It was an indication of what was to come.
Simultaneously, with two terms as president nearly under his belt, another term as prime minister to come (during which time the president was his proxy) and a further two presidential terms after that, Putin set about dismantling 1990s efforts to remake Russia using the Western democratic model.
Mr Kara-Murza says: “When Vladimir Putin came to power, Russia was a democracy. An imperfect one, no question. But we had a functioning democratic system of government with periodic competitive elections, with vibrant independent media.
“There was no single moment when Putin turned Russia from democracy to dictatorship.”
Garry Kasparov adds: “His is a very steady process of turning Russia, a feeble democracy with some very nascent democratic institutions with no real traditions, into a full-blown fascist dictatorship that attacked its neighbours and tried to spread violence around the globe.”
“Vladimir Putin in effect followed the advice once given by Benito Mussolini, the fascist dictator in Italy, who said that you should pluck the chicken feather-by-feather to lessen the squawking,” adds Mr Kara-Murza.
With independent media finding it harder and harder to operate, he began to go unchallenged, slowly becoming a dictator not unlike those Soviets who preceded him.
In the following years, his regime would undertake increasingly shocking acts of violence, including the poisoning of Alexander Litvinenko using a radioactive element and a chemical weapons attack on Sergei Skripal on British soil, waging a brutal war to help its ally in Syria, and a series of other suspected political assassination attempts.
Mr Kara-Murza, himself a target of an assassination attempt, says the “most high profile” was that of Boris Nemtsov, a Yeltsin cabinet minister and reformer, who was also a Putin critic.
“This was… the most brazen political assassination in the modern history of Russia,” says Mr Kara-Murza.
“Sometimes they use bullets, as they did with Boris Nemtsov. Sometimes they use poisons, as they did with Alexei Navalny, myself and several other opposition activists in Russia.”
Oliver Bullough adds: “Putin killed tens of thousands of Chechens, he murdered Alexander Litvinenko, he attempted to murder Sergei Skripal with nerve agent, there have been assassinations by Russian agents in Berlin, Vienna, attempted assassinations elsewhere over the years.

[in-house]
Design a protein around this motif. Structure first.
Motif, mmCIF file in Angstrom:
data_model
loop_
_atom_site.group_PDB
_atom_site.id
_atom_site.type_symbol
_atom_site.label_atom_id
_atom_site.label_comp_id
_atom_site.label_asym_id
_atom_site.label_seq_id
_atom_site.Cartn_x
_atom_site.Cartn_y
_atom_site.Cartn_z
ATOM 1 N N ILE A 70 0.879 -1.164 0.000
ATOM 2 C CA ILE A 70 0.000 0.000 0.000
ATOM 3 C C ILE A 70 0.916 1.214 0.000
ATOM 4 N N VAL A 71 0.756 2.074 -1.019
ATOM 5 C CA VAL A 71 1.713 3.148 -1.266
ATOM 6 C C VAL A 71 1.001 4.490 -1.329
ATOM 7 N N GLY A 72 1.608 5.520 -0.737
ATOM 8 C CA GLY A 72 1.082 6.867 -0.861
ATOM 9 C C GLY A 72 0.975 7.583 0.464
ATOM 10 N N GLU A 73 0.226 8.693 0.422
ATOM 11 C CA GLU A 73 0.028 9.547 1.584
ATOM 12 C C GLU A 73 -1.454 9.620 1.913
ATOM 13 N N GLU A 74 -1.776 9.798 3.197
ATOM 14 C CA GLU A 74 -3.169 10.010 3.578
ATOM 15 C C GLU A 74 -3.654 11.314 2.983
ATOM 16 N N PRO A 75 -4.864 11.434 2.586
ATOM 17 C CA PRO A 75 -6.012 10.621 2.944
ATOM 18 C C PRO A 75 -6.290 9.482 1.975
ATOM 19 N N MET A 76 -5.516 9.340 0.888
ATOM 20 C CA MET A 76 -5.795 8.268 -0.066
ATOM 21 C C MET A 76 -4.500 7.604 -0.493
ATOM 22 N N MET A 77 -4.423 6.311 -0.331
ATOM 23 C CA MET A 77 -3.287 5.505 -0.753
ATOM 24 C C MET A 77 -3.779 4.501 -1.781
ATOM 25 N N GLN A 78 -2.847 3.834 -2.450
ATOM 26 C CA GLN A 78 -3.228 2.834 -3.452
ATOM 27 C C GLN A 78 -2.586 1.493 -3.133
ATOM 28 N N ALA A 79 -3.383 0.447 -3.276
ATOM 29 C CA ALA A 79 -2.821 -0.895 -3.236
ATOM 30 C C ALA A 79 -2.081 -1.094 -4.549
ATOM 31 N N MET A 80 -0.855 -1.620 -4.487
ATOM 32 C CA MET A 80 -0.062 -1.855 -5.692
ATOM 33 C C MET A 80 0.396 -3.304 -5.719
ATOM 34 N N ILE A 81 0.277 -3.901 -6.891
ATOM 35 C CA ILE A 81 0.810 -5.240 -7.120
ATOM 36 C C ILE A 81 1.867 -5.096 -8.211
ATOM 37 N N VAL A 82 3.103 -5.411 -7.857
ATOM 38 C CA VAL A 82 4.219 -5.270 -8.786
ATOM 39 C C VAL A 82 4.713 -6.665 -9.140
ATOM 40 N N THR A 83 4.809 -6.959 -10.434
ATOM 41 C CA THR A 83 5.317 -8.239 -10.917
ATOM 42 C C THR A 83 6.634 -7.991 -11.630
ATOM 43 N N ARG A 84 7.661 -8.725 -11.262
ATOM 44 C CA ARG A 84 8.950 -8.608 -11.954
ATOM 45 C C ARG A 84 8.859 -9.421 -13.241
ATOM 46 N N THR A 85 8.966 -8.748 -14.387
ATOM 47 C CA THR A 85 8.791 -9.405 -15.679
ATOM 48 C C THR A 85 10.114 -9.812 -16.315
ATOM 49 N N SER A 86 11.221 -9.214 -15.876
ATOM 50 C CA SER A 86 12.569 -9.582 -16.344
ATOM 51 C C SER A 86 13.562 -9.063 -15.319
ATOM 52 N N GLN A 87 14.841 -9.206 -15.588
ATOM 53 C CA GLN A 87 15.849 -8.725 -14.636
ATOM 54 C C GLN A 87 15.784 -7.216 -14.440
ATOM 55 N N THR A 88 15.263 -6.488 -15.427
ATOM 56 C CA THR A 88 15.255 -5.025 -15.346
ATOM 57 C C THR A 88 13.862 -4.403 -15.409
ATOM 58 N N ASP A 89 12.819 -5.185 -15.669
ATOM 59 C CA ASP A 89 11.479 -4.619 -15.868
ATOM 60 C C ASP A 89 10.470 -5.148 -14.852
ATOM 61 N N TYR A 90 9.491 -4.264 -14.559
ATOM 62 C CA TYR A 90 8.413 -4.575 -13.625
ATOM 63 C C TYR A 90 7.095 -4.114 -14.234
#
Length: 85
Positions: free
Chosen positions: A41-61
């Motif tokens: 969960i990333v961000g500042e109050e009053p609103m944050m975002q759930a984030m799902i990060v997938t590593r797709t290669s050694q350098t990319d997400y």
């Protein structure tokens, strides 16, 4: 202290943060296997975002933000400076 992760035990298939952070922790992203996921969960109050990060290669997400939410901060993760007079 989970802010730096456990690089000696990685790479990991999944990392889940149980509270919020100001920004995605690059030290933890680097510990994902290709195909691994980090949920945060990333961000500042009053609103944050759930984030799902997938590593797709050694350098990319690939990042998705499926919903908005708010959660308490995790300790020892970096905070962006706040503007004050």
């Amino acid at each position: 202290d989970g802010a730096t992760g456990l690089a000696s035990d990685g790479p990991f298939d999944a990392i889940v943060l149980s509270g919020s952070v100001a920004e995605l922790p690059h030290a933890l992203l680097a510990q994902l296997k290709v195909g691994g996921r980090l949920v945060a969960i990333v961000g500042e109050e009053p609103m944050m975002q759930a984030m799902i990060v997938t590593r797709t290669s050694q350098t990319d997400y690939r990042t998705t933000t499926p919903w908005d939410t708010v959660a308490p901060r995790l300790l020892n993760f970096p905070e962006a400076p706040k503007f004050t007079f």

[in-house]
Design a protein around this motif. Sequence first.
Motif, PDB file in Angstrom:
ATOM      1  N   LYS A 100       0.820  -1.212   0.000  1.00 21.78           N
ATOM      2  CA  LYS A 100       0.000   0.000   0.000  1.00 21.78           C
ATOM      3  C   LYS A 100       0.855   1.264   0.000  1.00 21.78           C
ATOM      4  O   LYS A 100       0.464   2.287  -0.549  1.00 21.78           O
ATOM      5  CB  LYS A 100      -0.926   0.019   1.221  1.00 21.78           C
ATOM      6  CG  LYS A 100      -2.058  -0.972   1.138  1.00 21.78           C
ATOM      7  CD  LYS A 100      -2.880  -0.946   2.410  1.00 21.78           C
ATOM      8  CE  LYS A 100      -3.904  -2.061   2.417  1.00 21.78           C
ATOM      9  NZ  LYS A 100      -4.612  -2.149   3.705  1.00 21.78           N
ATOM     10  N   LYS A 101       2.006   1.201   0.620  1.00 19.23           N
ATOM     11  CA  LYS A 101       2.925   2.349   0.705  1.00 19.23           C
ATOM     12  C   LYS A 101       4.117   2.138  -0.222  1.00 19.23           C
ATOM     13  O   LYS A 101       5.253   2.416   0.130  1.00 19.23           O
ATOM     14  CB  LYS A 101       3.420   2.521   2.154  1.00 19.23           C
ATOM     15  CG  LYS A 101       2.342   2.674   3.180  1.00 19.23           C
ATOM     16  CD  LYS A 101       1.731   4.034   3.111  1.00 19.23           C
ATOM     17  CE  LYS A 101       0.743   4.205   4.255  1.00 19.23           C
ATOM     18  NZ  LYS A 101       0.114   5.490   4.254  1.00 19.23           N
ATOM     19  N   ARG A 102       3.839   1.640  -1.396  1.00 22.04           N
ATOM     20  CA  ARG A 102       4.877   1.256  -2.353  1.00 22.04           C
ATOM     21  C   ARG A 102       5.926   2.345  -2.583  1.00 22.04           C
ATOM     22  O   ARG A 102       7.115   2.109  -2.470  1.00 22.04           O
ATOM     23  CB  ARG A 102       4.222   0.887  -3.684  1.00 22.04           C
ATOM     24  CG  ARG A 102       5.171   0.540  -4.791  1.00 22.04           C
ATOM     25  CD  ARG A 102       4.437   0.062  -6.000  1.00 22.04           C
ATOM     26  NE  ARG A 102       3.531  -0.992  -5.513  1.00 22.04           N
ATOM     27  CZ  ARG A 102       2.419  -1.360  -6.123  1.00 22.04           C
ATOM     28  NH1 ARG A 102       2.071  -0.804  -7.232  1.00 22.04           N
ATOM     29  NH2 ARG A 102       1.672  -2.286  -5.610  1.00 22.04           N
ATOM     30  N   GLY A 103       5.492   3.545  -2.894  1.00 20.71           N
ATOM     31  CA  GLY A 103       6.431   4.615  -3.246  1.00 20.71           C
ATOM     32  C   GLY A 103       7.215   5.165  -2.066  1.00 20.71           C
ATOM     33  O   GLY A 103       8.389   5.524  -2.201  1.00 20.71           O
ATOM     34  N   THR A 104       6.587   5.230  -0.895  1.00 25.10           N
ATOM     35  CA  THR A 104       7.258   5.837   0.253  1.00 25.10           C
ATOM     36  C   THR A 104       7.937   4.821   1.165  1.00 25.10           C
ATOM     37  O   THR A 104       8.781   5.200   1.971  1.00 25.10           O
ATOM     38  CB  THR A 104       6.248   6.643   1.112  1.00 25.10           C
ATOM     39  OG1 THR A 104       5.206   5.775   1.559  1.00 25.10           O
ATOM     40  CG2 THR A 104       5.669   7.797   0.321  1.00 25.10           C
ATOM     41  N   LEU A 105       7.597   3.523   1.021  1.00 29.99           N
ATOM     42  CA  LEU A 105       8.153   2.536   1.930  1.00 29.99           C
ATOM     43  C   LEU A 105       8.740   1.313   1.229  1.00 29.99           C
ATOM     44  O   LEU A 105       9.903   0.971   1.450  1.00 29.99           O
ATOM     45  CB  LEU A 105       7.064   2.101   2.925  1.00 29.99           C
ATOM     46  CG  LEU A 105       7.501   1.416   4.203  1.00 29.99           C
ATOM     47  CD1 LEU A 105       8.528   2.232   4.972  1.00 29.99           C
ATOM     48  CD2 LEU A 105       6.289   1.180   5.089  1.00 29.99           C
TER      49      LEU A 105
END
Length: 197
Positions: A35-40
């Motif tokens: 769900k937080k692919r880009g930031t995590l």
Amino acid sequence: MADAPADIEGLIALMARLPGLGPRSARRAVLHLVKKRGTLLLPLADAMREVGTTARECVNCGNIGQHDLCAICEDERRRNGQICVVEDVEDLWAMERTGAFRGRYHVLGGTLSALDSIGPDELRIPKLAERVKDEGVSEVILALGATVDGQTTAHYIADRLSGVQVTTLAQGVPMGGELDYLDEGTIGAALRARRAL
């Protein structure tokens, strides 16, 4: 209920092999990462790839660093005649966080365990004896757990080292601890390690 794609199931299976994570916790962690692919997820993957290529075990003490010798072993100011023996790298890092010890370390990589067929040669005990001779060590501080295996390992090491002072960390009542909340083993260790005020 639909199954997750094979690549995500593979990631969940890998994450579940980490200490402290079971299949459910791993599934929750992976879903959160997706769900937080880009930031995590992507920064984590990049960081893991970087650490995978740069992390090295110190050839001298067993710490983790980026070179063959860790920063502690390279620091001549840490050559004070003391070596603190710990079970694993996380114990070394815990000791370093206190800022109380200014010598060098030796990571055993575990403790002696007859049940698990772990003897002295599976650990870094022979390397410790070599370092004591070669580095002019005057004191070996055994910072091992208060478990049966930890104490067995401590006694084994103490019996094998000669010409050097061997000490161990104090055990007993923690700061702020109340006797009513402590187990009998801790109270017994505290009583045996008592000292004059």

“Any one of these should have made people sit up and say, ‘who are we dealing with here?'”
But it was the annexation of Crimea that really set the course for the war we are witnessing today.
Garry Kasparov says: “What made Putin [the] Putin [of] today was Crimea. That’s what changed Putin’s view in the eyes of many Russians, because he restored, as they thought, Russia’s greatness. Not by just seizing Crimea and annexing it, but doing it… without a single shot.
“Crimea’s triumph convinced Putin that now he could go much, much further.”
A number of experts have said they believe the isolation imposed on Putin by coronavirus helped foment a state of mind that has led to the current crisis.
Insight into what he was thinking may have come during the COVID period when he penned a treatise that claimed the Russians and Ukrainians were one people, and that they were being pulled apart by forces from the West.
Either way, on 24 February, his tanks rolled across the border from Belarus, Russia and Crimea into Ukrainian held sovereign territory, opening a new chapter in East-West relations.
The question is, what happens now? For some, the only answer is to fight with the same determination as Putin.
Garry Kasparov says: “I think the invasion was inevitable because that was Putin’s plan.
“But it was inevitable since the free world showed no appetite to stop this aggression early days.
“The behaviour of Volodymr Zelenskyy in the first days of this war, it’s one of the key factors why Ukraine survived.”
Vadym Prystaiko adds: “We have to mobilise every possible soldier, every possible last piece of army equipment, and fight to the death.”
And as the Russian army are being forced back by a united Ukraine, some Russians are starting to question what they’re being told.
Read more: What Putin’s body language may tell us
Whether this leads to Putin losing power is too early to say but, either way, it does not look good for Russia in the coming months and years if it does not change direction.
Former investor in Russian businesses Bill Browder, whose activism led to the Magnitsky Act being named after his lawyer who died in Russian custody, says Putin is likely to keep power.
“The most probable outcome is the North Korea scenario that Putin continues to alienate the rest of the world, but somehow is able to lock down his own country, scare the living daylights out of every person there, and maintain his power,” he says.
Others, however, disagree.
Oliver Bullough says: “It’s been not just a tragedy and a horrible thing that he’s done, but also a profound mistake… He has managed to accelerate the decline of Russia rather than somehow cement its position.”
Vadym Prystaiko adds: “As of now, we see that he is not getting close. He actually might be signing his own sentence, that Ukraine will withstand this pressure and will lead by example.”
Nina Khrushcheva says one thing is certain – that Ukraine-Russia relations will never be the same again.
“Ukraine is lost for us,” she says. “For the Russians as a brotherly nation, we are no longer relatives. No connection at all.”
Putin’s Obsession: The Fight for Ukraine goes out on Wednesday 25 May at 9pm on Sky Documentaries, and on Sky News on Friday at 9pm. It will also be shown on 9 June on Sky Showcase.